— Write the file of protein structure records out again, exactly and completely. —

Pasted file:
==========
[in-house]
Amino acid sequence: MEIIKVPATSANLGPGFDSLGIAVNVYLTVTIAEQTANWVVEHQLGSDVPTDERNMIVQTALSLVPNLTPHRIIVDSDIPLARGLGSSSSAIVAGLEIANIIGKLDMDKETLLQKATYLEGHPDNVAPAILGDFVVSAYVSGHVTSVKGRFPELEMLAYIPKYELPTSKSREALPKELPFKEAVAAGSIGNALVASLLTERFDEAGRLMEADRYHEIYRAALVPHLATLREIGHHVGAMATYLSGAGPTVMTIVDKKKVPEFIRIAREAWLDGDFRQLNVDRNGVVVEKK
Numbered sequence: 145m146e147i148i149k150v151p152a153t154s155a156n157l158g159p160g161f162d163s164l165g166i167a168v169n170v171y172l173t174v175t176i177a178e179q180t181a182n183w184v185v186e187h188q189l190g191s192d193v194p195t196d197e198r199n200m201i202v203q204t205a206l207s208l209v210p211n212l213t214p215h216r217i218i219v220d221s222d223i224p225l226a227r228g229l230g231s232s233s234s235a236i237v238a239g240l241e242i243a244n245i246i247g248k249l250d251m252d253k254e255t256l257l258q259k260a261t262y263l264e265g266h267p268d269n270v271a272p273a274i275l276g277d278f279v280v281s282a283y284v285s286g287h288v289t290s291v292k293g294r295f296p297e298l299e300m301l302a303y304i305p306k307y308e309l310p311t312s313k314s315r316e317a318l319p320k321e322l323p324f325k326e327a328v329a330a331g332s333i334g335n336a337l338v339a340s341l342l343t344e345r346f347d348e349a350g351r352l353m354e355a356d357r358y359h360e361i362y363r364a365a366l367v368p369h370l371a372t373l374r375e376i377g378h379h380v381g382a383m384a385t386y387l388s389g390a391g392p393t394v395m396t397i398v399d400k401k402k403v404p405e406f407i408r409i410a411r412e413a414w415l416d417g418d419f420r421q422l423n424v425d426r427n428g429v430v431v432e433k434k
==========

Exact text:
[in-house]
Amino acid sequence: MEIIKVPATSANLGPGFDSLGIAVNVYLTVTIAEQTANWVVEHQLGSDVPTDERNMIVQTALSLVPNLTPHRIIVDSDIPLARGLGSSSSAIVAGLEIANIIGKLDMDKETLLQKATYLEGHPDNVAPAILGDFVVSAYVSGHVTSVKGRFPELEMLAYIPKYELPTSKSREALPKELPFKEAVAAGSIGNALVASLLTERFDEAGRLMEADRYHEIYRAALVPHLATLREIGHHVGAMATYLSGAGPTVMTIVDKKKVPEFIRIAREAWLDGDFRQLNVDRNGVVVEKK
Numbered sequence: 145m146e147i148i149k150v151p152a153t154s155a156n157l158g159p160g161f162d163s164l165g166i167a168v169n170v171y172l173t174v175t176i177a178e179q180t181a182n183w184v185v186e187h188q189l190g191s192d193v194p195t196d197e198r199n200m201i202v203q204t205a206l207s208l209v210p211n212l213t214p215h216r217i218i219v220d221s222d223i224p225l226a227r228g229l230g231s232s233s234s235a236i237v238a239g240l241e242i243a244n245i246i247g248k249l250d251m252d253k254e255t256l257l258q259k260a261t262y263l264e265g266h267p268d269n270v271a272p273a274i275l276g277d278f279v280v281s282a283y284v285s286g287h288v289t290s291v292k293g294r295f296p297e298l299e300m301l302a303y304i305p306k307y308e309l310p311t312s313k314s315r316e317a318l319p320k321e322l323p324f325k326e327a328v329a330a331g332s333i334g335n336a337l338v339a340s341l342l343t344e345r346f347d348e349a350g351r352l353m354e355a356d357r358y359h360e361i362y363r364a365a366l367v368p369h370l371a372t373l374r375e376i377g378h379h380v381g382a383m384a385t386y387l388s389g390a391g392p393t394v395m396t397i398v399d400k401k402k403v404p405e406f407i408r409i410a411r412e413a414w415l416d417g418d419f420r421q422l423n424v425d426r427n428g429v430v431v432e433k434k